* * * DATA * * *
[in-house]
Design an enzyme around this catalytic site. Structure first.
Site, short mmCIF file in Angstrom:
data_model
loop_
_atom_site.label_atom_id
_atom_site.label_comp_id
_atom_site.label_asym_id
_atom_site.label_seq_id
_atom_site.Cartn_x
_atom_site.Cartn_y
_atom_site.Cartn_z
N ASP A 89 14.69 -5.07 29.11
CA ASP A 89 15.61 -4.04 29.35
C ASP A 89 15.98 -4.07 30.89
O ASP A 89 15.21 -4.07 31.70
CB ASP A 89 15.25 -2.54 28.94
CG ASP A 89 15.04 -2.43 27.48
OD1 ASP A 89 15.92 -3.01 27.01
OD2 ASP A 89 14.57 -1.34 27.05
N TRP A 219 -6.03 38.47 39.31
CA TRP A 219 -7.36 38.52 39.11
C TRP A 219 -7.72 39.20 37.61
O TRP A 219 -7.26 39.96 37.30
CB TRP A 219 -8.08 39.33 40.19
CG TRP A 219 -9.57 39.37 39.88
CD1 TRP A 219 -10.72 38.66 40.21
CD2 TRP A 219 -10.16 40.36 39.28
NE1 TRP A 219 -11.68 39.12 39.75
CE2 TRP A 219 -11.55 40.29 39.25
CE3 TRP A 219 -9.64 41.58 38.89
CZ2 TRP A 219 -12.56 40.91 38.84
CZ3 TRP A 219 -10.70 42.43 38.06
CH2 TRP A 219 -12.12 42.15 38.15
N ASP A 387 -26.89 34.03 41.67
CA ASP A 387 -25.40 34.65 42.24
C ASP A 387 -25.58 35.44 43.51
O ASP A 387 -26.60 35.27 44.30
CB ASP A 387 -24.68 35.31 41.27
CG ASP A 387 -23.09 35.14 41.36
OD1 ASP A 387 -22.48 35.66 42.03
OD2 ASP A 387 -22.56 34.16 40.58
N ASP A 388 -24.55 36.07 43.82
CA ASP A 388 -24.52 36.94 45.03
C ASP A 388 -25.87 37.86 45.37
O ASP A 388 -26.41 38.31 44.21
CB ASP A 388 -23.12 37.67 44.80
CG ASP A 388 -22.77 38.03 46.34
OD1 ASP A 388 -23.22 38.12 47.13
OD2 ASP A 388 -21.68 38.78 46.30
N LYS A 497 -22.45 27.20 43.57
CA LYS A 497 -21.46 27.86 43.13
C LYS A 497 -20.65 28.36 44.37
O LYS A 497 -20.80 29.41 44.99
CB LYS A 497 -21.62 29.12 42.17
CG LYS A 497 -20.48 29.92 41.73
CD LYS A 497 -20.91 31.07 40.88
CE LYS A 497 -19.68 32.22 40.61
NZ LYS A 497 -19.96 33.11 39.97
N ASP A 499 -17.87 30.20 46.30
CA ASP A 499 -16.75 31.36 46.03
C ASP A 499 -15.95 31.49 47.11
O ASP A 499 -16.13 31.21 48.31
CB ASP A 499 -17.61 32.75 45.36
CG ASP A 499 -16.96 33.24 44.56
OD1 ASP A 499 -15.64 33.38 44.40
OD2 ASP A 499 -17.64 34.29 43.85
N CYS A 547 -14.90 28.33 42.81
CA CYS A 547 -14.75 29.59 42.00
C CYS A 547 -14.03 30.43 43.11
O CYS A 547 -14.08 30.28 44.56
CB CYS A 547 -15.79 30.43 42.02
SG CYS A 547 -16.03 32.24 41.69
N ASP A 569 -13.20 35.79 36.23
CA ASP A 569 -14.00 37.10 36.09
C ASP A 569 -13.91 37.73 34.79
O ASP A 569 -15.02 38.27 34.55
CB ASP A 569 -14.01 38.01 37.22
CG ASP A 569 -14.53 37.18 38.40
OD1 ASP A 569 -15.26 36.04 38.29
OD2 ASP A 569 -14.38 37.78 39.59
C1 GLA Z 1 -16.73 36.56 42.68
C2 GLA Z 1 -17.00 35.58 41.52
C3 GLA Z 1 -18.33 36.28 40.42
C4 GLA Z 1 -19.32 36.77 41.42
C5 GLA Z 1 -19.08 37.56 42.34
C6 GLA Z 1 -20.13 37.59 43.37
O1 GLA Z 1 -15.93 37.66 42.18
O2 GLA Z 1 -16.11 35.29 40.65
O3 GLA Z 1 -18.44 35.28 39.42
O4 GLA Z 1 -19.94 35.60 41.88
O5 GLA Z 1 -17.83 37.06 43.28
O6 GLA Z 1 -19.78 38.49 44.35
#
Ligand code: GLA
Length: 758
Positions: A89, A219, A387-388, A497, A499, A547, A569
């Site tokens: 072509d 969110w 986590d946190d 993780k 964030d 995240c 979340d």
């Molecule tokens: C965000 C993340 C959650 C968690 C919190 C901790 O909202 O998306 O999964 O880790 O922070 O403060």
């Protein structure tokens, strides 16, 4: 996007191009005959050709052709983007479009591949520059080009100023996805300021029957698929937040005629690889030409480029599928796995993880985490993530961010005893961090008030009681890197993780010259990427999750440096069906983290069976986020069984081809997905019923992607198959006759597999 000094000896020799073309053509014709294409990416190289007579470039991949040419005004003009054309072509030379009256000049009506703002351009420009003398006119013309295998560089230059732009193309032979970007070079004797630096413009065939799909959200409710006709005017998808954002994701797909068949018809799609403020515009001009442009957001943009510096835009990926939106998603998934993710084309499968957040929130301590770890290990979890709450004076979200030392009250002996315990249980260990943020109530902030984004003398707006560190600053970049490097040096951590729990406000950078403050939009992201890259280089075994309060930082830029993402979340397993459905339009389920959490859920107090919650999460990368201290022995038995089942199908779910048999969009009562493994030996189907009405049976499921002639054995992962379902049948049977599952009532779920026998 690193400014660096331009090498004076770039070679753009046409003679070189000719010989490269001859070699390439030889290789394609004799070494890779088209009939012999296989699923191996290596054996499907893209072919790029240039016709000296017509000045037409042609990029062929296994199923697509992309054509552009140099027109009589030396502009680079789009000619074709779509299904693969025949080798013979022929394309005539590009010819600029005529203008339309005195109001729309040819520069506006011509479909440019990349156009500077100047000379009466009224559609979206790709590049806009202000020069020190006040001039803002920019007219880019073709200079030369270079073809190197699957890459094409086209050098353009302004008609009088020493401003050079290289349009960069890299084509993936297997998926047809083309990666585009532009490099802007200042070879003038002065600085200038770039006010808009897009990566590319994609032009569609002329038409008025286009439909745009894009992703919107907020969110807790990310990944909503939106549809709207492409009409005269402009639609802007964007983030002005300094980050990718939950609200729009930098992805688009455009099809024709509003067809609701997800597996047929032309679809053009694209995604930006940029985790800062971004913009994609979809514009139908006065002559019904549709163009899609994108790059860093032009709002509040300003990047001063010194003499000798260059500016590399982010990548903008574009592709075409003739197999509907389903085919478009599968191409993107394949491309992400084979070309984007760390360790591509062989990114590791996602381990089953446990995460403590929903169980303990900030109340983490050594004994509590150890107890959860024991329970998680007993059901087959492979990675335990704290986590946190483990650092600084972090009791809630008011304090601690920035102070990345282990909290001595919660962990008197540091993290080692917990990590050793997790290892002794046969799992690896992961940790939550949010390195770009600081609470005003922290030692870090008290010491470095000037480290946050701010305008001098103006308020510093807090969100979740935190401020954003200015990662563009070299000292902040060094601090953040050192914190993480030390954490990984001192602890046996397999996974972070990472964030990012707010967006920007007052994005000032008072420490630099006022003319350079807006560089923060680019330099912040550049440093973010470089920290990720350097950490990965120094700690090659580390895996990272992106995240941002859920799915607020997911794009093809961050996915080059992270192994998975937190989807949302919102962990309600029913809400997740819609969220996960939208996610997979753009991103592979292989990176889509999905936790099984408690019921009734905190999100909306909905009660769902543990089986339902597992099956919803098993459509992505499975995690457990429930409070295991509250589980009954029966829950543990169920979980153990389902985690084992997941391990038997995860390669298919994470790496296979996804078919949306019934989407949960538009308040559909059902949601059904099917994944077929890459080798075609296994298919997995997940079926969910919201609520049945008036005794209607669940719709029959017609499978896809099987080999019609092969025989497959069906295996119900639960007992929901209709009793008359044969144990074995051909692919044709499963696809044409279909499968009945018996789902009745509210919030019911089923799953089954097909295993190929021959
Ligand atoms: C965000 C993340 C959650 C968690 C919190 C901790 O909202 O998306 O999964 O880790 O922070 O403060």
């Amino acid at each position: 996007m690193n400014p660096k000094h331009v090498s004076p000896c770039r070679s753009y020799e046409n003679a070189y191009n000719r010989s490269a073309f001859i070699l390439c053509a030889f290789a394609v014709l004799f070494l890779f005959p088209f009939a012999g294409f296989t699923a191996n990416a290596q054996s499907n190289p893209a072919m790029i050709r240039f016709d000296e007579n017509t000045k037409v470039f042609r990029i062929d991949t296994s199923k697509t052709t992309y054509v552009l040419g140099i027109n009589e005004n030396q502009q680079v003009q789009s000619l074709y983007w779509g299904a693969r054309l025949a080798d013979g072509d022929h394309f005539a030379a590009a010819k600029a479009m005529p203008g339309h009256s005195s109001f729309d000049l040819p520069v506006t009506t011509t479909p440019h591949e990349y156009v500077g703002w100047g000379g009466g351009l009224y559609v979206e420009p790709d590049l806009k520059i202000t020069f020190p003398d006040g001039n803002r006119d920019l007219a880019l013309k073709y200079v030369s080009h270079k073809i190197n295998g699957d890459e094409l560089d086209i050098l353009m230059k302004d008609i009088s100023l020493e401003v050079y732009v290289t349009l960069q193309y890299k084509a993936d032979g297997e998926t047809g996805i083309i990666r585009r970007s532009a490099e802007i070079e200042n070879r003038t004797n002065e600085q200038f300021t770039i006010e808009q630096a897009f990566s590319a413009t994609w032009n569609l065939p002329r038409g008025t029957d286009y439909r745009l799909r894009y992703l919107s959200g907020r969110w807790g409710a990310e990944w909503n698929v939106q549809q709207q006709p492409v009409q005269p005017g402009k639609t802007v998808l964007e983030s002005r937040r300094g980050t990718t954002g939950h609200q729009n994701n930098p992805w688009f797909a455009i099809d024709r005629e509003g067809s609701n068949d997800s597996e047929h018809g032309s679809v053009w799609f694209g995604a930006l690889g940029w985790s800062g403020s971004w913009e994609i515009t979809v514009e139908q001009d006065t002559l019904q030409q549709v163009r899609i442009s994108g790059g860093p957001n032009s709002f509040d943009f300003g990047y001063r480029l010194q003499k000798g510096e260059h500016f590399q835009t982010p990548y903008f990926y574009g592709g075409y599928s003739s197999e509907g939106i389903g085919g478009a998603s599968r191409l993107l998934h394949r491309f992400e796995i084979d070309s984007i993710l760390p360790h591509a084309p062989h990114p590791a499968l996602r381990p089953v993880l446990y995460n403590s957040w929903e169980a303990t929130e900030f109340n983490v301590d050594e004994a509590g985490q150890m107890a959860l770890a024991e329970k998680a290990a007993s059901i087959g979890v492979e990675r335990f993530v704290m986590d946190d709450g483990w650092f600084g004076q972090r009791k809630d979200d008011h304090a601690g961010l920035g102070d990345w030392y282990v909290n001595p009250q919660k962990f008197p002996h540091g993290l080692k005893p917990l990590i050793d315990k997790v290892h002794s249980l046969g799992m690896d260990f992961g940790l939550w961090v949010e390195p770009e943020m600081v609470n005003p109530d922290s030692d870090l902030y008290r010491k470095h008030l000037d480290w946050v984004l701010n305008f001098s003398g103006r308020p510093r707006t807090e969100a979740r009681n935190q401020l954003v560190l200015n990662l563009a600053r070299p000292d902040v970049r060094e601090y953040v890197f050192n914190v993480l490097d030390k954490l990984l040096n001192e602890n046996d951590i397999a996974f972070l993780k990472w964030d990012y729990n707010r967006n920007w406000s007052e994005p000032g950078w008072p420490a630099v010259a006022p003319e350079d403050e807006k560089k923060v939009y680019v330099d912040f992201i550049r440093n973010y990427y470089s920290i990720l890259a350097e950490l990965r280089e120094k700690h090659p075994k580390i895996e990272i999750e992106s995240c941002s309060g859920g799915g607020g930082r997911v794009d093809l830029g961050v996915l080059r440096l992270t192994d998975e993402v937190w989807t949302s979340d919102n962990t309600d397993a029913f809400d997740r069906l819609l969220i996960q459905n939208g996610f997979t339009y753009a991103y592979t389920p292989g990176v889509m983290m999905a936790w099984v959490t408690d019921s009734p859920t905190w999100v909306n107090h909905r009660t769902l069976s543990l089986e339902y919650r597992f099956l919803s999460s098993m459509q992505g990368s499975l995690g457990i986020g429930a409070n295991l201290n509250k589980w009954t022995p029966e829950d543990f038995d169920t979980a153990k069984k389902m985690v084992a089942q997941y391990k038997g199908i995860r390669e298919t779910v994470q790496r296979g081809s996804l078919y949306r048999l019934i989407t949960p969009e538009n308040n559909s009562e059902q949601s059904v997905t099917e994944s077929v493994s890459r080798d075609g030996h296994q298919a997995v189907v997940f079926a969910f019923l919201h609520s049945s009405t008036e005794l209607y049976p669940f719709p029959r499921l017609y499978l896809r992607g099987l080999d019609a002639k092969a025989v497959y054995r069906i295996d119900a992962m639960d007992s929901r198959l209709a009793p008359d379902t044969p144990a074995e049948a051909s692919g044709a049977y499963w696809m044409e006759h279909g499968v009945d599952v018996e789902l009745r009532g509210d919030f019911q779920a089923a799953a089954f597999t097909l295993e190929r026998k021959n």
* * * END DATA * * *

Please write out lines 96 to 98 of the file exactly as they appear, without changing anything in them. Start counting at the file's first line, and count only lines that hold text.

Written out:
Length: 758
Positions: A89, A219, A387-388, A497, A499, A547, A569
């Site tokens: 072509d 969110w 986590d946190d 993780k 964030d 995240c 979340d």